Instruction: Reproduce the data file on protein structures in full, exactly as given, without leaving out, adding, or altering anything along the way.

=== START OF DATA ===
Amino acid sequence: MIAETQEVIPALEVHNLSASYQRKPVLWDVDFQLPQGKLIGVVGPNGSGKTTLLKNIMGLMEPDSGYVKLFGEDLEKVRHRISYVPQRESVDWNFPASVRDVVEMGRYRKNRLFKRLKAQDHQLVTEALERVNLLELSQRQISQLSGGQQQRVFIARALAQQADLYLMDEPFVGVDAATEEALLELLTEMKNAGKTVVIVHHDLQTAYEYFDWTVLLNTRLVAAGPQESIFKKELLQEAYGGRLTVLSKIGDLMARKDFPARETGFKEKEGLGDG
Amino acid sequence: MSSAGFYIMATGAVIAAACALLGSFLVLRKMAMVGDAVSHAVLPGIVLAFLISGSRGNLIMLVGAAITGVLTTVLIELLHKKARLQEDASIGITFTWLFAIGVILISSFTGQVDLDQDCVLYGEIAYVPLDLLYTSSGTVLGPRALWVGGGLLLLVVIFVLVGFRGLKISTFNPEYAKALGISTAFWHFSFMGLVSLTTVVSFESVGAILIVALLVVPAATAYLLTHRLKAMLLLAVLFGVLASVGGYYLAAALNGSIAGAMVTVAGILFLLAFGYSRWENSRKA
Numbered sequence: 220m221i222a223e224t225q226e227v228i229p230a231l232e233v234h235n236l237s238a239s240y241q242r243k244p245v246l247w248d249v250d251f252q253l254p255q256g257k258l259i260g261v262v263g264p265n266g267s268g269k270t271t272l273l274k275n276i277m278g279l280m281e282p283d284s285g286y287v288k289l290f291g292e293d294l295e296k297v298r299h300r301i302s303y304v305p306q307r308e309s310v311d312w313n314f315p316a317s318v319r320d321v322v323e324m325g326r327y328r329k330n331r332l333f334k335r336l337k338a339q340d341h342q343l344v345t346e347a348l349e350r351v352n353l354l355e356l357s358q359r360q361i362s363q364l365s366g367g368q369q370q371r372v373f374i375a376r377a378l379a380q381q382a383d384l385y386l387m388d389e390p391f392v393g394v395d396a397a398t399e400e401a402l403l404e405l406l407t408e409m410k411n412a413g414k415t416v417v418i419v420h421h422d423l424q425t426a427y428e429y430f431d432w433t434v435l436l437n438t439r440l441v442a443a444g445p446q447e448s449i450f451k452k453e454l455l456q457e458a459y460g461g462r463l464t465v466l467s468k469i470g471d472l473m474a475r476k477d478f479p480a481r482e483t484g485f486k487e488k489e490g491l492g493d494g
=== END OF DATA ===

Amino acid sequence: MIAETQEVIPALEVHNLSASYQRKPVLWDVDFQLPQGKLIGVVGPNGSGKTTLLKNIMGLMEPDSGYVKLFGEDLEKVRHRISYVPQRESVDWNFPASVRDVVEMGRYRKNRLFKRLKAQDHQLVTEALERVNLLELSQRQISQLSGGQQQRVFIARALAQQADLYLMDEPFVGVDAATEEALLELLTEMKNAGKTVVIVHHDLQTAYEYFDWTVLLNTRLVAAGPQESIFKKELLQEAYGGRLTVLSKIGDLMARKDFPARETGFKEKEGLGDG
Amino acid sequence: MSSAGFYIMATGAVIAAACALLGSFLVLRKMAMVGDAVSHAVLPGIVLAFLISGSRGNLIMLVGAAITGVLTTVLIELLHKKARLQEDASIGITFTWLFAIGVILISSFTGQVDLDQDCVLYGEIAYVPLDLLYTSSGTVLGPRALWVGGGLLLLVVIFVLVGFRGLKISTFNPEYAKALGISTAFWHFSFMGLVSLTTVVSFESVGAILIVALLVVPAATAYLLTHRLKAMLLLAVLFGVLASVGGYYLAAALNGSIAGAMVTVAGILFLLAFGYSRWENSRKA
Numbered sequence: 220m221i222a223e224t225q226e227v228i229p230a231l232e233v234h235n236l237s238a239s240y241q242r243k244p245v246l247w248d249v250d251f252q253l254p255q256g257k258l259i260g261v262v263g264p265n266g267s268g269k270t271t272l273l274k275n276i277m278g279l280m281e282p283d284s285g286y287v288k289l290f291g292e293d294l295e296k297v298r299h300r301i302s303y304v305p306q307r308e309s310v311d312w313n314f315p316a317s318v319r320d321v322v323e324m325g326r327y328r329k330n331r332l333f334k335r336l337k338a339q340d341h342q343l344v345t346e347a348l349e350r351v352n353l354l355e356l357s358q359r360q361i362s363q364l365s366g367g368q369q370q371r372v373f374i375a376r377a378l379a380q381q382a383d384l385y386l387m388d389e390p391f392v393g394v395d396a397a398t399e400e401a402l403l404e405l406l407t408e409m410k411n412a413g414k415t416v417v418i419v420h421h422d423l424q425t426a427y428e429y430f431d432w433t434v435l436l437n438t439r440l441v442a443a444g445p446q447e448s449i450f451k452k453e454l455l456q457e458a459y460g461g462r463l464t465v466l467s468k469i470g471d472l473m474a475r476k477d478f479p480a481r482e483t484g485f486k487e488k489e490g491l492g493d494g